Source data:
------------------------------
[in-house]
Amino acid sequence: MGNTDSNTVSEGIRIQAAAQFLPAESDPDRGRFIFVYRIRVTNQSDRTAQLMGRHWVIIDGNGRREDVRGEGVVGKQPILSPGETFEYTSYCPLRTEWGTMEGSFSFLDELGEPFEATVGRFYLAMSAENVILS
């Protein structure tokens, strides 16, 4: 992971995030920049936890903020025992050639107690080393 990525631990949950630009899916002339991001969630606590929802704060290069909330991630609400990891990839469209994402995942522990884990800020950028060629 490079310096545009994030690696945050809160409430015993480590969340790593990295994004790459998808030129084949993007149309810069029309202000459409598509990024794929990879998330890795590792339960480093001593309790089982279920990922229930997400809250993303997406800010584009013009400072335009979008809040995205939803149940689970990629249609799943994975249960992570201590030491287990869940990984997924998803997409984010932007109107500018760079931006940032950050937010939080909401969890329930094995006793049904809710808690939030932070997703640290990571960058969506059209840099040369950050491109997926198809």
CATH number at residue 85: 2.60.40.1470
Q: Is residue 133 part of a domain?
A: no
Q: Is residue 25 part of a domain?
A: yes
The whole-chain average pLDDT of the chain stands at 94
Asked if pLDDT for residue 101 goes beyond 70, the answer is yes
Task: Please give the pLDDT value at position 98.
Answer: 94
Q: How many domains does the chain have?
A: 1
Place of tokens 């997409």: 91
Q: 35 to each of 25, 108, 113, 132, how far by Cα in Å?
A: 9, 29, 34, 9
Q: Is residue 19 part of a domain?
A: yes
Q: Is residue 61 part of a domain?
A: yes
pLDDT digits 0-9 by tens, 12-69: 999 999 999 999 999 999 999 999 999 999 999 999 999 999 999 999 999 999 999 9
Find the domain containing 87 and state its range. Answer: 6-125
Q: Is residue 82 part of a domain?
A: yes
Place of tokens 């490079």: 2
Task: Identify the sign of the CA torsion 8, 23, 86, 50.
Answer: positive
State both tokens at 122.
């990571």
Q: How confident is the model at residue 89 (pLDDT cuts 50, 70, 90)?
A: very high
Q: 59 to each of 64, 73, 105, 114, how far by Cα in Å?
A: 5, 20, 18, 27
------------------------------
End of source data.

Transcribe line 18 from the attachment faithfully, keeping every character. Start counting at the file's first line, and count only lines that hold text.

Q: Is residue 19 part of a domain?